So this principle that you’ve laid out for us, which is that there’s a set of events that occur during exercise that trigger the adaptation, and that sets in motion a number of adaptations that occur during recovery that then give us the exact opposite response to what the trigger was. So I’ll go back to the heart rate example. Heart rate is close to maximal or maximal. You do that enough times within a week or so or two weeks, and your resting heart rate goes down.
As I recall, a few episodes ago, you said that your maximum heart rate doesn’t really change that much. Is that correct? Yes. Okay. But your resting heart rate can go down quite a bit. Yep. Is that a general theme? I mean, do we have a more or less set upper limit or ceiling for things like inflammatory markers for heart rate, maybe even things like stress? And what we do when we deliberately trigger stress or a dramatic increase in heart rate or dramatic increase in inflammatory markers is that we are lowering the floor but that the ceiling remains the same?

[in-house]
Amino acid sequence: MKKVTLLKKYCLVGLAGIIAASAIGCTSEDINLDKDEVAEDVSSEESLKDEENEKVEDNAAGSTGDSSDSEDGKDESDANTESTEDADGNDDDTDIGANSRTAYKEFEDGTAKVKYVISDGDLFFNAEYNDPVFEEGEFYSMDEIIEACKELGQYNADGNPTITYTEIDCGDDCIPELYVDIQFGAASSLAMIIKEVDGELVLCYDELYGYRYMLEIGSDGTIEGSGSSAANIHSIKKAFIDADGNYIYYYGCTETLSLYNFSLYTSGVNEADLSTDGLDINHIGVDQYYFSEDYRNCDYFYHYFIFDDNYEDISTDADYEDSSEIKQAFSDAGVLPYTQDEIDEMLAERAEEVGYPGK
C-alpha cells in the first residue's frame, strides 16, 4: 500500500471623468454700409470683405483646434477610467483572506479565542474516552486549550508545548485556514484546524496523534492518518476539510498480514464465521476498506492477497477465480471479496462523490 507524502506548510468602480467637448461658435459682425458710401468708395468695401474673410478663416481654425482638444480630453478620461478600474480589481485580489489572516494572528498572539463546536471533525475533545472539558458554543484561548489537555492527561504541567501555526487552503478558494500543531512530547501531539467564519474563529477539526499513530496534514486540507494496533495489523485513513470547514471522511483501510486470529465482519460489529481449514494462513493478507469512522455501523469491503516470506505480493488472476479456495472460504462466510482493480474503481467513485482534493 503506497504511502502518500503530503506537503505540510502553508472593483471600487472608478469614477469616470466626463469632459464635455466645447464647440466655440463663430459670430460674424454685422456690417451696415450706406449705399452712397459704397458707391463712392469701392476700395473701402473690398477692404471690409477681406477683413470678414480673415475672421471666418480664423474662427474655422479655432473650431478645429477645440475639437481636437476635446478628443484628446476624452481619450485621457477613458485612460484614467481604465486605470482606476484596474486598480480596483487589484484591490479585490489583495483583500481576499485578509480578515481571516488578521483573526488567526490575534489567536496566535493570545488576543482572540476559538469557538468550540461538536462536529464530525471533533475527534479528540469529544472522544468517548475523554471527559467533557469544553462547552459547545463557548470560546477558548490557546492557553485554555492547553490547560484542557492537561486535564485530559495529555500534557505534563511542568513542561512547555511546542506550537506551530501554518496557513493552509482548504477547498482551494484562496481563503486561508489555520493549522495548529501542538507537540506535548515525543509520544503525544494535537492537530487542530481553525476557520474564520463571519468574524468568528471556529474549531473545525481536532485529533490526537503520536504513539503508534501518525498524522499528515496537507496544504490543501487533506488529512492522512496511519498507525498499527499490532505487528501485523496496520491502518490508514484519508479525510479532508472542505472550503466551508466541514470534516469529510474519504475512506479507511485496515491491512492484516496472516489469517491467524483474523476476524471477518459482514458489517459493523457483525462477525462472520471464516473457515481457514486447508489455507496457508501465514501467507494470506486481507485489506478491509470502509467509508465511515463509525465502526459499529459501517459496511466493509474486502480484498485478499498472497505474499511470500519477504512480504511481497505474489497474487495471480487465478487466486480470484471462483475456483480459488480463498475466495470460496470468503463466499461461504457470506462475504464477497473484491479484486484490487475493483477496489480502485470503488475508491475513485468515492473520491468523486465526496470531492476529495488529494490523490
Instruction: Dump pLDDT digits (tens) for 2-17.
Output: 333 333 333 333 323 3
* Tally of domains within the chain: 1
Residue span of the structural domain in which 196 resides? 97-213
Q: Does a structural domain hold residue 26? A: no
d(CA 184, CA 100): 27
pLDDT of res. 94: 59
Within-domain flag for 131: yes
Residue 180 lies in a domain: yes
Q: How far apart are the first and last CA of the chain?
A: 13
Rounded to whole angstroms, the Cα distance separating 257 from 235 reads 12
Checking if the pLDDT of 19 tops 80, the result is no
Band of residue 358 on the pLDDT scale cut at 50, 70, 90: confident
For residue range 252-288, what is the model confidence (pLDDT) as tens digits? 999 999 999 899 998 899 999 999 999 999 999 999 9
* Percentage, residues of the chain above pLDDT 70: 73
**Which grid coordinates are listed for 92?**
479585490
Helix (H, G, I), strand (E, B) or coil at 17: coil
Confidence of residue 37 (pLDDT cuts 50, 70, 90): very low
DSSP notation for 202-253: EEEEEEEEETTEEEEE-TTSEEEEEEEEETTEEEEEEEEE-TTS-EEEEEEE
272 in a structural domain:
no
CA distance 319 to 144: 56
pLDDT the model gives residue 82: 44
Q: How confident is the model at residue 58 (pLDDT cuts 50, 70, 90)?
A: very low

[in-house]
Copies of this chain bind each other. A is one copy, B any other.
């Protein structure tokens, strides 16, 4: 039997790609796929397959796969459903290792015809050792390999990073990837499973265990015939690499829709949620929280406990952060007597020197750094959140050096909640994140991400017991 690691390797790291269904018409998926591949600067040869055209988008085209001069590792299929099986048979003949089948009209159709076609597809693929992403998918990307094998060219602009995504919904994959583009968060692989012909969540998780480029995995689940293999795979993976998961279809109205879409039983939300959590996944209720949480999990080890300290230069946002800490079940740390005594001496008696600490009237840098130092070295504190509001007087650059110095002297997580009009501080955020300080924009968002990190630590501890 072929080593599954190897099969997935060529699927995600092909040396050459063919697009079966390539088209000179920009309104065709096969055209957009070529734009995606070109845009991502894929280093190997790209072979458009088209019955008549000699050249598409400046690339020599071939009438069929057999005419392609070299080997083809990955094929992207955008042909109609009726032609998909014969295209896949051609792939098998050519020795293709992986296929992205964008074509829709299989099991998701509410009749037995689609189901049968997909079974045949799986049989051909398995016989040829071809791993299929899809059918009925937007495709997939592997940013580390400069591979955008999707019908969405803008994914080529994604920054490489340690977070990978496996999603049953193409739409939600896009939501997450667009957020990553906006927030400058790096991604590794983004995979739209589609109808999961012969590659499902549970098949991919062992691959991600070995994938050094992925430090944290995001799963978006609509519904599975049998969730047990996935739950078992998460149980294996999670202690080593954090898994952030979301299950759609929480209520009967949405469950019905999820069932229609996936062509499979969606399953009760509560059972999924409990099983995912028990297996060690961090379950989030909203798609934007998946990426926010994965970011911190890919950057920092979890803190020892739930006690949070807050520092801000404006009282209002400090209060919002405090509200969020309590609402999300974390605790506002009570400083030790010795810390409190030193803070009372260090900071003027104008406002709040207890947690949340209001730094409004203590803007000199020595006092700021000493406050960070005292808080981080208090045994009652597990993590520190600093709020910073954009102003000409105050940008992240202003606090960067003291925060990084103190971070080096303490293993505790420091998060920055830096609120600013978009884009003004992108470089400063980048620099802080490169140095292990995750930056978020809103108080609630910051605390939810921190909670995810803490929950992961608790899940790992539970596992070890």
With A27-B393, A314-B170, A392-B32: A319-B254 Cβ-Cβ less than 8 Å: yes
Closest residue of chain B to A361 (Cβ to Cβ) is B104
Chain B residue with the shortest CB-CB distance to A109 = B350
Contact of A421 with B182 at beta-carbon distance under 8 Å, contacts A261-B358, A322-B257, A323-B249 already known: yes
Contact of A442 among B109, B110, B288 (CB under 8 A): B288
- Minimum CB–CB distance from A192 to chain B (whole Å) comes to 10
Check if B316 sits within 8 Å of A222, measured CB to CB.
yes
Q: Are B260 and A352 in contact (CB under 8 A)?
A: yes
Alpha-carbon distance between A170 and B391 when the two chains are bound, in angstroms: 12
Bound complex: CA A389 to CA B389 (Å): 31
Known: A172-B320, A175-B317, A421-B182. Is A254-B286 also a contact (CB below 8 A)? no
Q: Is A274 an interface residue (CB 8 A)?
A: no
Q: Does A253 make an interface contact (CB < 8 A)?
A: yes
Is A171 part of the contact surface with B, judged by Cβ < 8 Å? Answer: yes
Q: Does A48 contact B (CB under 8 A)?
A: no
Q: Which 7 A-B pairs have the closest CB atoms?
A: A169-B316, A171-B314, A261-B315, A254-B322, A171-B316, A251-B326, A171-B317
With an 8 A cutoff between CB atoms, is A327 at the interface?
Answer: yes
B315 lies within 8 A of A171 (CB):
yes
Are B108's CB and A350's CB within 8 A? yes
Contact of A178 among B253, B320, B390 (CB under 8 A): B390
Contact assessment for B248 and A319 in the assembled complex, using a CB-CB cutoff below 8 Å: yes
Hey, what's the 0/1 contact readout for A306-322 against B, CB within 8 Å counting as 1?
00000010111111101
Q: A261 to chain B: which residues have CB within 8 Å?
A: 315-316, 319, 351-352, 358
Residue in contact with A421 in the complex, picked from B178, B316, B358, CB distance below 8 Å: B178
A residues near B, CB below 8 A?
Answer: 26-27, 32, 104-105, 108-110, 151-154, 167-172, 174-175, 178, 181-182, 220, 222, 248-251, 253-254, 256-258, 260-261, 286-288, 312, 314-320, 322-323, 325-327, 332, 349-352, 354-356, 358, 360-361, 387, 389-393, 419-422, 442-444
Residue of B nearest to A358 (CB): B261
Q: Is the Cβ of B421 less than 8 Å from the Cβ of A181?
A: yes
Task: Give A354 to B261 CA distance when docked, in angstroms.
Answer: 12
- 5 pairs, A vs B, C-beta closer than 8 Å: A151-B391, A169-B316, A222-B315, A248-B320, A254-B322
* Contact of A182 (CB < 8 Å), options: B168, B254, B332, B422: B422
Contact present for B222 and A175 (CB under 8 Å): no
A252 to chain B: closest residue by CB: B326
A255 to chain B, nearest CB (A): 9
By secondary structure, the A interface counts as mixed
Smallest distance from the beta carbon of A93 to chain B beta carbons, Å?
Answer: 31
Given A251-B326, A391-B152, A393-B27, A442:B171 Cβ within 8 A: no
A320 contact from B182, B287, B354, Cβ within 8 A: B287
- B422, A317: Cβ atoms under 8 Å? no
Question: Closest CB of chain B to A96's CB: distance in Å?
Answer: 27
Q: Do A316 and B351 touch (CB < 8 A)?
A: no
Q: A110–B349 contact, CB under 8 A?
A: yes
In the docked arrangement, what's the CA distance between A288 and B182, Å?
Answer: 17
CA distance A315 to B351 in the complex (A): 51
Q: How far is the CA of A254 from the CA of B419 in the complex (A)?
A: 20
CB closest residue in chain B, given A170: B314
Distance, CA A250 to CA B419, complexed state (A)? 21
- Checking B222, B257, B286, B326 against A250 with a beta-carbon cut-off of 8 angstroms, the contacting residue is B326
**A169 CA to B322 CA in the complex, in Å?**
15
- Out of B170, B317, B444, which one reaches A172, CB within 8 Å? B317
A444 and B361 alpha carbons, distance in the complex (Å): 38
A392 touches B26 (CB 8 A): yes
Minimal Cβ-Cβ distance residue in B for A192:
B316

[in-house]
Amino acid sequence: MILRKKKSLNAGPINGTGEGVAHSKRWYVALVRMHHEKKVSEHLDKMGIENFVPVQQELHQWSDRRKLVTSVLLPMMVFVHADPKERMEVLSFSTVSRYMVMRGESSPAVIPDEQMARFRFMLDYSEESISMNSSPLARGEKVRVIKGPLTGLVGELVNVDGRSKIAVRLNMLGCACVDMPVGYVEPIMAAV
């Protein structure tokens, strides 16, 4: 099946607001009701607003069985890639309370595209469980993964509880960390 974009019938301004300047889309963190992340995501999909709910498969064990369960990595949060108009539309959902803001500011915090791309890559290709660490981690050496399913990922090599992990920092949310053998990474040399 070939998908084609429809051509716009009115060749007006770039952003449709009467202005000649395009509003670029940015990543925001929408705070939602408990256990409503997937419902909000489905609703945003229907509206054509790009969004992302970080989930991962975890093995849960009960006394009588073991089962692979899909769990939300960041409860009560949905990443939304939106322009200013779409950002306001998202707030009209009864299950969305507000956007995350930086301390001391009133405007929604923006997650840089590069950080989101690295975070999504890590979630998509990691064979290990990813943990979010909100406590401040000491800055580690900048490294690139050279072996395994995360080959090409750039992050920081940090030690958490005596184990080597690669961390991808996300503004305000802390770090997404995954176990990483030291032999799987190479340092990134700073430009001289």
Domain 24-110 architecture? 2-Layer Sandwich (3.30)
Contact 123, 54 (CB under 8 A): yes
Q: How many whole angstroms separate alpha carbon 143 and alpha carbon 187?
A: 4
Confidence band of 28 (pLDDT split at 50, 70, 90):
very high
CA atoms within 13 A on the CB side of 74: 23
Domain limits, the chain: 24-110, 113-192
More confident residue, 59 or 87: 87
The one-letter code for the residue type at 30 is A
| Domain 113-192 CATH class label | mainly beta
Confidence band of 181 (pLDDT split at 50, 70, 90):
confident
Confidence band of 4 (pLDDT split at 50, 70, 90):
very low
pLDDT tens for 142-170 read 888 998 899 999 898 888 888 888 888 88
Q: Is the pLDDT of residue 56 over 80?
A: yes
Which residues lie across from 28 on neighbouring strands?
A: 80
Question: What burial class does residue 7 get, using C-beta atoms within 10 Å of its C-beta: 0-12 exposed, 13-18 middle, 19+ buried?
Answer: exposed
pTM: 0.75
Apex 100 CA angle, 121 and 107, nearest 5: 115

Andy Galpin (36:23):